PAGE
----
I will look at the Levitt interview later. Just taking a break now from yard work.

        • Here is Gov. Cuomo’s view of results:

          Reed Fawell 3rd | May 26, 2020 at 7:40 am | Reply

          Yesterday New York’s Governor declared that he will answer no more questions about Covid – 19 modeling projections. His reasoning behind this flat refusal is that:

          “Now, people can speculate, people can guess, I think next week, I think two weeks, I think a month,” Cuomo said. “I’m out of that business, because we all failed at that business. All the early national experts, here’s my projection, here’s my projection model, they were all all wrong, they were all wrong.”

          Unfortunately, New York now must admit that 24% of Covid 19 deaths nationwide occurred in New York, while New York has 6% of nation’s population. And still earlier unreported nursing home deaths in the State are coming in. See this, for example:

          “Additional 1,700 Coronavirus Deaths Reported in New York State Nursing Homes

          “(ALBANY, N.Y.) — New York state is now reporting more than 1,700 previously undisclosed deaths at nursing homes and adult care facilities as the state faces scrutiny over how it’s protected vulnerable residents during the coronavirus pandemic.

          At least 4,813 residents with confirmed or presumed cases of COVID-19 have died at 351 of New York’s 613 nursing homes since March 1, according to Gov. Andrew Cuomo’s administration’s new list. The list, released late Monday, includes the reported number of both confirmed and presumed deaths as of Sunday evening.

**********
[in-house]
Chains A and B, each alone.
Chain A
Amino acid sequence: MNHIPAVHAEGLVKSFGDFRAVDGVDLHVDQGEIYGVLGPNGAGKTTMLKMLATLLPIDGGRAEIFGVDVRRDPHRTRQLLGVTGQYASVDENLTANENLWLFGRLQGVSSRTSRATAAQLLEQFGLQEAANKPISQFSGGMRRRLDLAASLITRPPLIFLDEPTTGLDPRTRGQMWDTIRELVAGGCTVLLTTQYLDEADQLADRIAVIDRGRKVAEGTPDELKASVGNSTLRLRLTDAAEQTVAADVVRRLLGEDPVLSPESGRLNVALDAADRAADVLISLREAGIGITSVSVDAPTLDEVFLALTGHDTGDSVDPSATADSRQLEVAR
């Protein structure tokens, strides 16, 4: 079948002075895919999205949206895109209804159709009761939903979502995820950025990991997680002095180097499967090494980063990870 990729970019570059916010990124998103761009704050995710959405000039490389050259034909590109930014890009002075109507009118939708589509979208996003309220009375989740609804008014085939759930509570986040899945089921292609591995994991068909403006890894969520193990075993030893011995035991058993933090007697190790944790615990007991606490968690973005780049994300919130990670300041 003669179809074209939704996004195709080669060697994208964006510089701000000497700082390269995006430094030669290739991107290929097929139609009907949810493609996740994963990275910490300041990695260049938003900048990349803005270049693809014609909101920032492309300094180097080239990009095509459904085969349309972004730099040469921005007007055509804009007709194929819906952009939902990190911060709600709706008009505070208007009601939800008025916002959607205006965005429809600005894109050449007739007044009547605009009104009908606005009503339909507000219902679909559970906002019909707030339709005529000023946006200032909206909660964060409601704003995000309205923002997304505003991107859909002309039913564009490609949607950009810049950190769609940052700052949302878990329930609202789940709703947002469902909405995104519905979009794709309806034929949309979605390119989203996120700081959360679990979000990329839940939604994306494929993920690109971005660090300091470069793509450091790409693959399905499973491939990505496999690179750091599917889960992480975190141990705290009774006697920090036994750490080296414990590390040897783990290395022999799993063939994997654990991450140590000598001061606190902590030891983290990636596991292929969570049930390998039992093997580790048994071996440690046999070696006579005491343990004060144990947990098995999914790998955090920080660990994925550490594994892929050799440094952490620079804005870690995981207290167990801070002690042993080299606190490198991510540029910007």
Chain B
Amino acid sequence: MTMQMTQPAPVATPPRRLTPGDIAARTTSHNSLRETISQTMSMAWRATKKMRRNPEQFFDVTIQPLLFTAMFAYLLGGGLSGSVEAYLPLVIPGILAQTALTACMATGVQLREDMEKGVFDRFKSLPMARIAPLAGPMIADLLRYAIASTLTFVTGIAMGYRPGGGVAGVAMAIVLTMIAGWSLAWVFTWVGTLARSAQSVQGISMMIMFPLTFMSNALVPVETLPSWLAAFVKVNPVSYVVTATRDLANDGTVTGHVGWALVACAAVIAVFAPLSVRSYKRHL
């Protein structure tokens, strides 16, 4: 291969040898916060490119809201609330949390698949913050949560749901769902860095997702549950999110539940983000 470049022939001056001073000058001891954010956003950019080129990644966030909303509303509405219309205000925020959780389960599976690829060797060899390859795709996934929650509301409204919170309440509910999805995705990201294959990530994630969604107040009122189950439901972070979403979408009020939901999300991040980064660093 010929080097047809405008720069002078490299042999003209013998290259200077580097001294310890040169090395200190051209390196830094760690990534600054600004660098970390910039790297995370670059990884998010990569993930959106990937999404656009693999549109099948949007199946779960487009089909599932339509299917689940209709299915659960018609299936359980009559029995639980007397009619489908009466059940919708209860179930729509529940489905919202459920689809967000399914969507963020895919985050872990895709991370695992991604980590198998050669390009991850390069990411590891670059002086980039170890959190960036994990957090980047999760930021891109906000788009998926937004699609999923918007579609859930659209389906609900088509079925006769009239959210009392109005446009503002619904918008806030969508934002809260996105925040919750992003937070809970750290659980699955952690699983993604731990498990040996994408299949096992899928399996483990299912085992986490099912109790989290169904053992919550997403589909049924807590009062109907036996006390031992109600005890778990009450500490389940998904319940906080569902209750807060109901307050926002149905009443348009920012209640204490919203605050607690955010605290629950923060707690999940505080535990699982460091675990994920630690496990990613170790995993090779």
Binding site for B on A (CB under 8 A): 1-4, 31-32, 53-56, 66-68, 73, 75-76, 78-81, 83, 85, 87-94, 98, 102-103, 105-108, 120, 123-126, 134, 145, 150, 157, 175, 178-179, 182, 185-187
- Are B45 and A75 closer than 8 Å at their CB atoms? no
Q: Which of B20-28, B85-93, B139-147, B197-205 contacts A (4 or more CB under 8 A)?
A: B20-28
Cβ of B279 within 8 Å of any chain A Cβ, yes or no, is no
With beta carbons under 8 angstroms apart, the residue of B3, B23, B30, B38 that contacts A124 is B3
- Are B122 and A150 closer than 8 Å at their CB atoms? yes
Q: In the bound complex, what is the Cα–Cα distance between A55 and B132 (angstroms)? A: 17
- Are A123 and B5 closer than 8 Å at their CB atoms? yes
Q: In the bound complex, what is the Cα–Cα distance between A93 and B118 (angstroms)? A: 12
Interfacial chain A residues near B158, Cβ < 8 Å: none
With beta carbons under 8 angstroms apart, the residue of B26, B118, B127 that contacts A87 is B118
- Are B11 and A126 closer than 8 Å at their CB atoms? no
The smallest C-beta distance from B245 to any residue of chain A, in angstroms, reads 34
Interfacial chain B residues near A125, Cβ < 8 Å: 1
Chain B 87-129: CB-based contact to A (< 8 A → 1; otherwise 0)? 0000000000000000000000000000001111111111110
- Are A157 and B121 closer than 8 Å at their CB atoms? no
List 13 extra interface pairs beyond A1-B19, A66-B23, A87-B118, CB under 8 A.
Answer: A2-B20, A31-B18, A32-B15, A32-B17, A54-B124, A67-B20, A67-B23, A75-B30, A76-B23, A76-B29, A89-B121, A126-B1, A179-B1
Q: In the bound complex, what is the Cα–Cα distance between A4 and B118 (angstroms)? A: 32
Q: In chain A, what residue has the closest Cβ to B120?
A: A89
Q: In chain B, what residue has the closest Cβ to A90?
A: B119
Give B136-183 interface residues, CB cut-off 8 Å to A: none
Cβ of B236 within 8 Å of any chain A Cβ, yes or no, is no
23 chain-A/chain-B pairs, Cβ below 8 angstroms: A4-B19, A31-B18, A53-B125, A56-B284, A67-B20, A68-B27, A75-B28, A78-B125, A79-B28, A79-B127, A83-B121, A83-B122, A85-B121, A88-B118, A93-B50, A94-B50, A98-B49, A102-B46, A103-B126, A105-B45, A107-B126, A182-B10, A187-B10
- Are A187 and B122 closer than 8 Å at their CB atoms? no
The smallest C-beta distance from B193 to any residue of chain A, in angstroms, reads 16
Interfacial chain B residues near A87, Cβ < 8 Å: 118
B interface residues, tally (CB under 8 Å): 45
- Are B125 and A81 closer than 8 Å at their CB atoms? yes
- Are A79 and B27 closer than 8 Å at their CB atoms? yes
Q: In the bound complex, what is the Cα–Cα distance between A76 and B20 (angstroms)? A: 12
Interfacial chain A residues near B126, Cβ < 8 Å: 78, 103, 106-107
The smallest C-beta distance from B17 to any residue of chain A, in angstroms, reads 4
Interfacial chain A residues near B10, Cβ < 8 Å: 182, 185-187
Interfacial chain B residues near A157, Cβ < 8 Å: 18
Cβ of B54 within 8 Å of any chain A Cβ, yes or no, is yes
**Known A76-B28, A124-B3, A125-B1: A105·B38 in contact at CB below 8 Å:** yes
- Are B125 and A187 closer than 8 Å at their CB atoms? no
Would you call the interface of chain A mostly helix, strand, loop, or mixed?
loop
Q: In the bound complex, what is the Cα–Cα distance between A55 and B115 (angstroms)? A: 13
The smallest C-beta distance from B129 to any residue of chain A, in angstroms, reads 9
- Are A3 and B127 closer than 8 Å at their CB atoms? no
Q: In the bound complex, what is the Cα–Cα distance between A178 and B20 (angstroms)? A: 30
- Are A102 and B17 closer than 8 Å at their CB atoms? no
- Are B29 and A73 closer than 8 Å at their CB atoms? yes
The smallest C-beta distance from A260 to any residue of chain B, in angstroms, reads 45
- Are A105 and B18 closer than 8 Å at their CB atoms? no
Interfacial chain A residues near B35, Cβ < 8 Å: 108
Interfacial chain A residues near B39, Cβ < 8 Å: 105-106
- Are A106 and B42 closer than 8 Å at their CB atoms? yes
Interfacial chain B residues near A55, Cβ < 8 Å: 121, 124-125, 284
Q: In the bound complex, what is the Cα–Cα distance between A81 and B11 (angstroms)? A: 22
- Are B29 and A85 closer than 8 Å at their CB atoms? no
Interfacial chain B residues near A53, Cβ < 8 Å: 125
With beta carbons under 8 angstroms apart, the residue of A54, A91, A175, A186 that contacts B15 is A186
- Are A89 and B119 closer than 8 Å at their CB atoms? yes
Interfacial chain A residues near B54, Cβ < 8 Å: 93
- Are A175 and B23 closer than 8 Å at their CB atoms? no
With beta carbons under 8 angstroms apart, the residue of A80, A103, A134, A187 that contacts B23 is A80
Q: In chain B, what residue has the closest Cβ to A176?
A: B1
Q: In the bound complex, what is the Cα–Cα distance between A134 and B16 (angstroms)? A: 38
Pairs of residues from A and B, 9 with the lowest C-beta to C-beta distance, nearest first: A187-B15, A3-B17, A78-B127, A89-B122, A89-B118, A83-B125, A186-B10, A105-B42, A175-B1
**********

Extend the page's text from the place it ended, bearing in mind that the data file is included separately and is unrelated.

Nursing home residents have made up roughly one-fourth to one-fifth of the state’s official tally of fatalities. But just how many nursing home residents have died of COVID-19 remains uncertain despite the state’s latest disclosure, as the list doesn’t include deaths of nursing home residents at hospitals or any details about the number of COVID-19 cases at individual nursing homes.

          The data shows that 22 nursing homes largely in New York City and Long Island have reported at least 40 deaths and that 64 nursing homes have reported between 20 to 49 deaths.”

          For more, see: https://time.com/5832141/new-york-nursing-home-death-toll/

          That does not include the enormous economic harm inflicted, bankrupting New York State and City, the hospital system, and thousands upon thousands of private businesses, citizens, and educational institutions, throughout NYC and state.

  6. I’m just not following some of the criticism… we got data coming out of a firehose – not well vetted.. so surprise, surprise!

    I understand the frustration.. but it is what it is…

    VDH was just not ever designed to deal with a pandemic of this scale. The institution is not what we expect it to be.

    As some point, they do need to be re-vamped.. the job got bigger than they are currently able to do… and neither the head of VDH nor Northam truly “get it”…

    This is sorta like ragging on all the reasons why you dislike your EX!